Some pain management practices offer such targeted counseling. For those patients who find that their practice does not, agencies like CancerCare have informative services that include one-on-one counseling, webcasts of educational programs, and on-line interactive services, all at no cost.
Patients and families need not feel as if they are going through cancer treatment alone, whether in a big city or rural setting. Oncology-specialized social workers, and specialist psychologists and psychiatrists are invaluable for tailored education and understanding. The American Psychosocial Oncology Society can help with referrals.
Make Your Needs Known to Providers
The biggest obstacles to proper pain management in cancer are in communication, misinformation and the availability of services.
Acknowledging pain with cancer is not a moral failure or character flaw. Cancer pain when severe is beyond the “grit your teeth and toughen up” approach. It needs a coordinated approach and can be effectively treated. The reluctance that most people have to be frank about the degree of pain and how they are suffering has been taken into account by the various disciplines in oncology.
Pain scores are now considered a vital sign, along with blood pressure, temperature, pulse and respiratory rate. Patients are now asked to indicate their level of distress, a more global parameter than pain, though pain is included as one of the factors measured.
Many of us, without thinking, will answer, “Fine” when asked how we are doing at appointments. This may be socially acceptable, but it is unhelpful. Cancer specialists want you be candid.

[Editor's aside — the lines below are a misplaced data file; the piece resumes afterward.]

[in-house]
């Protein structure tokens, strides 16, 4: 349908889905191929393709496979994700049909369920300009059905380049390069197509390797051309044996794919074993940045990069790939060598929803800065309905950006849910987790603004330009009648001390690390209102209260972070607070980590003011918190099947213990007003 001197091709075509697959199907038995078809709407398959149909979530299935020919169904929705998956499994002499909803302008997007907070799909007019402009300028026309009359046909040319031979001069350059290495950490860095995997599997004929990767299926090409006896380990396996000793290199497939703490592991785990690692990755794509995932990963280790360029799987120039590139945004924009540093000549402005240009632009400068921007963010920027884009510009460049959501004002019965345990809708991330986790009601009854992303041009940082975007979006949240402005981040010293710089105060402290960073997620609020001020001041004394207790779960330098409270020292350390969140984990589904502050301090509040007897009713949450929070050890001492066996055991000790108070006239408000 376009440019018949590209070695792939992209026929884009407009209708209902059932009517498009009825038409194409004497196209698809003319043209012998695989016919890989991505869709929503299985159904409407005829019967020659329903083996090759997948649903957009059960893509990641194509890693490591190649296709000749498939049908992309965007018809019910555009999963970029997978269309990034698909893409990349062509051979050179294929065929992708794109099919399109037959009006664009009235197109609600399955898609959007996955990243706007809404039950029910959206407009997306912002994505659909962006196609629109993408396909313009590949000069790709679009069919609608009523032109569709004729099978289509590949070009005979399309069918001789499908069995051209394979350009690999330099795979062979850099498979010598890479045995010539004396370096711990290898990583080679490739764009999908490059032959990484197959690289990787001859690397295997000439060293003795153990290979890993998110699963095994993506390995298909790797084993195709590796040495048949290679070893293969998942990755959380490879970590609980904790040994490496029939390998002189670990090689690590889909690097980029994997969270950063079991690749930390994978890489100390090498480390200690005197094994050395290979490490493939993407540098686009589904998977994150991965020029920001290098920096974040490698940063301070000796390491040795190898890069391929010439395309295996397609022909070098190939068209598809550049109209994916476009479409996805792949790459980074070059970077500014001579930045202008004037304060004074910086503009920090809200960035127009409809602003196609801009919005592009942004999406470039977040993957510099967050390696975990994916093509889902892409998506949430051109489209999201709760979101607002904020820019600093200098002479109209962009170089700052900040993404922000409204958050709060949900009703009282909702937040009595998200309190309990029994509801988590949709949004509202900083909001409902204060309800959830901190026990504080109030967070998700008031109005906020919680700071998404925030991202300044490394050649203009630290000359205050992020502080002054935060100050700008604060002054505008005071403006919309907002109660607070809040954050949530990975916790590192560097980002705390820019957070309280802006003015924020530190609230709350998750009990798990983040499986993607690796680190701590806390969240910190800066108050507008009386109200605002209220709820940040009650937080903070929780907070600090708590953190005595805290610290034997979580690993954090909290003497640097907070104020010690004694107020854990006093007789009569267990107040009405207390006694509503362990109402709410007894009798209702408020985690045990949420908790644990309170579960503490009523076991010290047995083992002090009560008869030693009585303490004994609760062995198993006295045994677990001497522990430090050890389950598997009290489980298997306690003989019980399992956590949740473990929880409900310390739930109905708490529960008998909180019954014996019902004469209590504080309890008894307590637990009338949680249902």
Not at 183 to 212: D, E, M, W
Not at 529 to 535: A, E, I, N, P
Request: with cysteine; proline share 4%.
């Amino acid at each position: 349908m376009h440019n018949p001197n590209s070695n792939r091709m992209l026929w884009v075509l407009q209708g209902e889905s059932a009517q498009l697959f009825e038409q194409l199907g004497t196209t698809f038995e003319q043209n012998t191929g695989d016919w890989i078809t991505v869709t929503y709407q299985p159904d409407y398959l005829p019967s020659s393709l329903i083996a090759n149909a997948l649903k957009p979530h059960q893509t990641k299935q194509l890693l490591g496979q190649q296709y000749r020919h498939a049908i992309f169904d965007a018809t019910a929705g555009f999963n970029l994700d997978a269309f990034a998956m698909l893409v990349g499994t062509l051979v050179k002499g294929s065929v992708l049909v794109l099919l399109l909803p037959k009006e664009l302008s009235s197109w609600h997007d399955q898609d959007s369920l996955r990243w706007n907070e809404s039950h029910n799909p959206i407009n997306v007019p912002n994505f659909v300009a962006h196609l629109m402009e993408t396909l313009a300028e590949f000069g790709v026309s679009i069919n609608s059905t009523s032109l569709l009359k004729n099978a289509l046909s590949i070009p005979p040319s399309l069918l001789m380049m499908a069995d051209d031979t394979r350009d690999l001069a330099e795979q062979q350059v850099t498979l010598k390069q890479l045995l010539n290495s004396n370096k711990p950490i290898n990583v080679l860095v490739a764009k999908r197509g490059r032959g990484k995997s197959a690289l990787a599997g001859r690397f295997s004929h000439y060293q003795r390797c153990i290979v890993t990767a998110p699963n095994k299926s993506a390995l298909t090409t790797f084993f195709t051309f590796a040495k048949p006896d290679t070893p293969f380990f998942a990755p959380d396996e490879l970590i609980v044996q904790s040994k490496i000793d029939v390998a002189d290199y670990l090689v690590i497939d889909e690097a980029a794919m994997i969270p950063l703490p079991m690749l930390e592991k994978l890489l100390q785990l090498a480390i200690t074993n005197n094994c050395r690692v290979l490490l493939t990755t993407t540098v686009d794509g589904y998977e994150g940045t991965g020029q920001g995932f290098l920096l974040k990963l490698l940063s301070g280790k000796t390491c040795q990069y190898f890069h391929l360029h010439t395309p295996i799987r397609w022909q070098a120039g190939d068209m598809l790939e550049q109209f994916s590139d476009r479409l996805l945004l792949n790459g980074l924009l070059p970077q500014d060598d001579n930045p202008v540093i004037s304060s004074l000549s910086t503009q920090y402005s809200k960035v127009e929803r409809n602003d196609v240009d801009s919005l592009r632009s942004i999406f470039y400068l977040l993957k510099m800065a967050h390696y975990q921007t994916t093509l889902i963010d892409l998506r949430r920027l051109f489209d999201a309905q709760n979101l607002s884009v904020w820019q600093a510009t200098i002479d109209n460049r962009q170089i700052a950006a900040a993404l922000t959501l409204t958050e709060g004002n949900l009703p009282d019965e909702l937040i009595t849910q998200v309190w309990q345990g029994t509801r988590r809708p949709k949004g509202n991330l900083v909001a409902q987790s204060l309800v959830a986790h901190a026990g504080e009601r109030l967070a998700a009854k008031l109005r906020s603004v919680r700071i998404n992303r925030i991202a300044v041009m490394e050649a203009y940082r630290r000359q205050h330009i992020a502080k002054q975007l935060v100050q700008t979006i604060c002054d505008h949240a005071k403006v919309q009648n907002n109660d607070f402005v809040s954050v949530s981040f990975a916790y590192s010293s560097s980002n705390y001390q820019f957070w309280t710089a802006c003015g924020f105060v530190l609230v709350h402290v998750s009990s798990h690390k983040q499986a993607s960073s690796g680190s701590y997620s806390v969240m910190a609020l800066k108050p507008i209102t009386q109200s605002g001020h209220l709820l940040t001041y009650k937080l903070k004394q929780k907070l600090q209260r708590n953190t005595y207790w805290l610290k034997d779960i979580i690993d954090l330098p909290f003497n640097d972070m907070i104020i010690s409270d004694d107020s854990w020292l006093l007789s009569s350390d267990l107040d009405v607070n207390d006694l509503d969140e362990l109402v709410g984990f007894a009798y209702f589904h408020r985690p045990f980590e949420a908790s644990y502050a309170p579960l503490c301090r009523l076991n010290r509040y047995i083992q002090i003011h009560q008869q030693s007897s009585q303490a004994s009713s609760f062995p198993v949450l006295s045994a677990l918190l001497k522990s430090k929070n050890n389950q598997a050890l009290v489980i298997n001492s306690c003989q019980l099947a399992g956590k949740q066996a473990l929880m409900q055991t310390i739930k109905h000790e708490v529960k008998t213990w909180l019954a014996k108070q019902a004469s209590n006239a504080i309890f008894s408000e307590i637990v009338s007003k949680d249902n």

Experienced Treatment Teams Make a Difference
In cancer centers that are accredited by the American College of Surgeons Commission on Cancer, where more than 70% of Americans are treated, the availability of pain management and rehabilitation services, counseling and case management is available on site or by referral in the community. These are mandatory features to becoming an accredited cancer center.
Attention to pain management should be a top priority during and after cancer surgery, or during chemotherapy and radiation. Pain relief is now recognized to ease and speed recovery when applied early and consistently.
By 2022, it is projected that 22 million Americans will be cancer survivors. With the current changes in medical care, patients’ needs are once again central to the way that care is delivered. Active management of pain and the other symptoms of cancer are an ever more important part of the our health care delivery system.
Stewart Fleishman, MD, is the former Director of Cancer Supportive Services at the Continuum Cancer Centers of New York and the Associate Chief Medical Officer of Continuum Hospice Care-Jacob Perlow Hospice.
His practice was focused on pain management, symptom control and palliative care. Dr. Fleishman’s was actively involved in research focused on quality of life and symptom control in people with cancer, and serves on national committees dedicated to this work. He is Board Certified in both Hospice and Palliative Medicine and Psychiatry/Neurology.
Dr. Fleishman’s book Learn to Live Through Cancer: What You Need to Know and Do presents a step-by-step guide to improve the length and quality of life for cancer survivors, helping them to manage the variety of physical, emotional, and spiritual issues they face proactively.
Dr. Fleishman also writes for Demos Health Publishing’s blog.